Meghan Markle has revealed she suffered a devastating miscarriage in July this year. Writing in a candid open letter in the New York Times, the Duchess of Sussex revealed that she lost her second child with husband Prince Harry. The couple welcomed their son Archie in May 2019.
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She began: "It was a July morning that began as ordinarily as any other day: Make breakfast. Feed the dogs. Take vitamins. Find that missing sock. Pick up the rogue crayon that rolled under the table. Throw my hair in a ponytail before getting my son from his crib.
WATCH: The Duchess of Sussex reveals devastating miscarriage
"After changing his diaper, I felt a sharp cramp. I dropped to the floor with him in my arms, humming a lullaby to keep us both calm, the cheerful tune a stark contrast to my sense that something was not right.
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"I knew, as I clutched my firstborn child, that I was losing my second."
Meghan and Harry with their son, Archie
The 39-year-old continued: "Hours later, I lay in a hospital bed, holding my husband's hand. I felt the clamminess of his palm and kissed his knuckles, wet from both our tears. Staring at the cold white walls, my eyes glazed over. I tried to imagine how we'd heal.
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"I recalled a moment last year when Harry and I were finishing up a long tour in South Africa. I was exhausted. I was breastfeeding our infant son, and I was trying to keep a brave face in the very public eye.
The couple welcomed their little boy in May 2019
"'Are you OK?' a journalist asked me. I answered him honestly, not knowing that what I said would resonate with so many - new moms and older ones, and anyone who had, in their own way, been silently suffering. My off-the-cuff reply seemed to give people permission to speak their truth. But it wasn't responding honestly that helped me most, it was the question itself.
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"'Thank you for asking,' I said. “Not many people have asked if I'm OK.'
"Sitting in a hospital bed, watching my husband's heart break as he tried to hold the shattered pieces of mine, I realised that the only way to begin to heal is to first ask, 'Are you OK?'"
Meghan has spoken of the couple's shared grief in her letter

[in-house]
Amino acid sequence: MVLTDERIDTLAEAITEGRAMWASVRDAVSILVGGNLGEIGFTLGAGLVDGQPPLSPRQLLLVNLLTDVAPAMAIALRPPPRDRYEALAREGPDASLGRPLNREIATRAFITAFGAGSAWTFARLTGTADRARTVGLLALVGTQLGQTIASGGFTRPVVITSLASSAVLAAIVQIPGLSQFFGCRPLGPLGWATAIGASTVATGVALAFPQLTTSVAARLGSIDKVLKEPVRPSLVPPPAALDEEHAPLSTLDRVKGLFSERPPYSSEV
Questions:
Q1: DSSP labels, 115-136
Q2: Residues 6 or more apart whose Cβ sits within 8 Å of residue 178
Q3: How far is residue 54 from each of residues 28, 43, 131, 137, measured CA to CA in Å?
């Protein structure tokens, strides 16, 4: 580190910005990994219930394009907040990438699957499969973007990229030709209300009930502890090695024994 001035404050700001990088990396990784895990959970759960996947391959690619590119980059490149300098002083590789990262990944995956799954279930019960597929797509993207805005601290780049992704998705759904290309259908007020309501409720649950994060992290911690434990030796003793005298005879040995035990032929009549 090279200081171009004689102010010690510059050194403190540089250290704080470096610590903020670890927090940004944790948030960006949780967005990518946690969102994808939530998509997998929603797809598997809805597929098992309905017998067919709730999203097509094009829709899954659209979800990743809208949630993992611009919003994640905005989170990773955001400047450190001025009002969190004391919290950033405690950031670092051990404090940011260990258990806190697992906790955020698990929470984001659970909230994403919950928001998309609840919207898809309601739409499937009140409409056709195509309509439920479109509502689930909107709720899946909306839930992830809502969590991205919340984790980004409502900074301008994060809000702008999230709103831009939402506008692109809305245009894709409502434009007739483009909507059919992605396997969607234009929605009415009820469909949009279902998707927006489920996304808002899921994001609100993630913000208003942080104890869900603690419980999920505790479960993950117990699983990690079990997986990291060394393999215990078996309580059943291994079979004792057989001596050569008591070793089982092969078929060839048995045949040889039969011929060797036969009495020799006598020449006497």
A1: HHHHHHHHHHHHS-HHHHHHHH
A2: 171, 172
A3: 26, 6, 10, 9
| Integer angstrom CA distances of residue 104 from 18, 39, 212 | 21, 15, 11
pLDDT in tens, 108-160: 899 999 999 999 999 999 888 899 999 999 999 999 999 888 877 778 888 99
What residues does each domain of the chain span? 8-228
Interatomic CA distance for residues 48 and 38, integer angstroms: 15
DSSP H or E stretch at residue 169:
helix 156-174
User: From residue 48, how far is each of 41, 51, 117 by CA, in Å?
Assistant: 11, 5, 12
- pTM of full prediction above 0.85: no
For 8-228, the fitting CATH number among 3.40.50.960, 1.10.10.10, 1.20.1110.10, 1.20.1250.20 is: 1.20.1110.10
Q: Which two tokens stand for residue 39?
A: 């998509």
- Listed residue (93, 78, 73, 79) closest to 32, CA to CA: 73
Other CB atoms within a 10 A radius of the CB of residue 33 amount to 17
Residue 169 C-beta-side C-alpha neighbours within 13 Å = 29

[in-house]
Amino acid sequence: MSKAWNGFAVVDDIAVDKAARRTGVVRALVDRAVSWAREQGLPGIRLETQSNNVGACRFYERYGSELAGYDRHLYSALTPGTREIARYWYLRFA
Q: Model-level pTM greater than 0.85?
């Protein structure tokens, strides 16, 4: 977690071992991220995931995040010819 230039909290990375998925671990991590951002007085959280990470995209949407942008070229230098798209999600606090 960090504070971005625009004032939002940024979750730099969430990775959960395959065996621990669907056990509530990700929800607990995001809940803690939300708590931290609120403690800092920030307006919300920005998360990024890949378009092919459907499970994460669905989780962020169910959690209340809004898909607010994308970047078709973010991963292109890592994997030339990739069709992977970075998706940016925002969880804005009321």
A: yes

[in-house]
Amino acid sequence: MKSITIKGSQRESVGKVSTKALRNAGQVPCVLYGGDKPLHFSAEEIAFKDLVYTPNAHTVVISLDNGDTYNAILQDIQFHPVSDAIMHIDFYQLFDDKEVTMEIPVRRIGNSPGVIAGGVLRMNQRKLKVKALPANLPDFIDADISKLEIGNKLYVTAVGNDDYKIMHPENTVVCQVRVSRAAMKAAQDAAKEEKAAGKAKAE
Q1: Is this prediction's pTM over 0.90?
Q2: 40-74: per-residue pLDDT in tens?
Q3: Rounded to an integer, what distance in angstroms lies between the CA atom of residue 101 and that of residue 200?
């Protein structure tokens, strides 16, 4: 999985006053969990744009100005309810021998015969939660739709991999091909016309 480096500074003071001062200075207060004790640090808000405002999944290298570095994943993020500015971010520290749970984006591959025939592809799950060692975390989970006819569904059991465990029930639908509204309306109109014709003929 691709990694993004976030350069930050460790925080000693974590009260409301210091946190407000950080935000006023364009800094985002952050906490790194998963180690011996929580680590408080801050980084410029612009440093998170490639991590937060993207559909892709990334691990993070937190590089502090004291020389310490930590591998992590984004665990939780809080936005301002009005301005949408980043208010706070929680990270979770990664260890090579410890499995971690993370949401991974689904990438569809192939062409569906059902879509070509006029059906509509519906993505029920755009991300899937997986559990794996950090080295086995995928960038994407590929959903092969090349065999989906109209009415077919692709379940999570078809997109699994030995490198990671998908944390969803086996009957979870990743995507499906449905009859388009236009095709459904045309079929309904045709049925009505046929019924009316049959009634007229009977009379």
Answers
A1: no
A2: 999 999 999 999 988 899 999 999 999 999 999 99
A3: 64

HELLO! understands that the Duke and Duchess wanted to talk about what happened in July, having come to appreciate how common miscarriage is.
Other royal women have experienced the loss of an unborn baby, with the Queen's granddaughter Zara Tindall suffering two miscarriages before having her second child.
The Countess of Wessex lost her first baby in December 2001 when she was airlifted to hospital after suffering a potentially life-threatening ectopic pregnancy.
A Buckingham Palace spokesman said about Meghan's disclosure that she has experienced a miscarriage: "It's a deeply personal matter we would not comment on."
A source has said there is "understandable sadness" in the royal family at the Duchess' disclosure.
The couple have been married since May 2018
In her candid piece, titled The Losses We Share, Meghan reflected on the importance of reaching out to others – despite our many differences.
The Duchess wrote: "Losing a child means carrying an almost unbearable grief, experienced by many but talked about by few. In the pain of our loss, my husband and I discovered that in a room of 100 women, ten to 20 of them will have suffered from miscarriage. Yet despite the staggering commonality of this pain, the conversation remains taboo, riddled with (unwarranted) shame, and perpetuating a cycle of solitary mourning.
"…So this Thanksgiving, as we plan for a holiday unlike any before - many of us separated from our loved ones, alone, sick, scared, divided and perhaps struggling to find something, anything, to be grateful for; let us commit to asking others, 'Are you OK?' As much as we may disagree, as physically distanced as we may be, the truth is that we are more connected than ever because of all we have individually and collectively endured this year.
"We are adjusting to a new normal where faces are concealed by masks, but it’s forcing us to look into one another’s eyes — sometimes filled with warmth, other times with tears. For the first time, in a long time, as human beings, we are really seeing one another.
"Are we OK? We will be."
The Duchess spoke about the importance of reaching out to others
Sophie King, a midwife at the charity Tommy's, said the Duchess of Sussex's article sent a “powerful message” to others who have experienced the loss of a baby.
She said: "Baby loss at any stage in pregnancy is one of the most heart-breaking things a family can experience – and as Meghan Markle said, it's experienced by many but talked about by few.
"One in four pregnancies ends in loss, but it's a real taboo in society, so mothers like Meghan sharing their stories is a vital step in breaking down that stigma and shame.
"Meghan's essay praises the bravery of parents who share their stories, and those who prefer to grieve privately can still find comfort and connection in reading about others' experiences.
"Her honesty and openness today send a powerful message to anyone who loses a baby: this may feel incredibly lonely, but you are not alone. Friends and family, doctors and midwives, all of us at support organisations like Tommy's; we’re here."
If you’re looking for advice from Tommy's midwives, call their pregnancy line on 0800 014 7800 (Monday to Friday, 9am to 5pm), or email email@example.com.
If you have been affected by this story, The Miscarriage Association is a charity that offers support to people who have lost a baby. They have a helpline (01924 200 799, Monday to Friday, 9am to 4pm) and an email address (firstname.lastname@example.org), and can put you in touch with a support volunteer.
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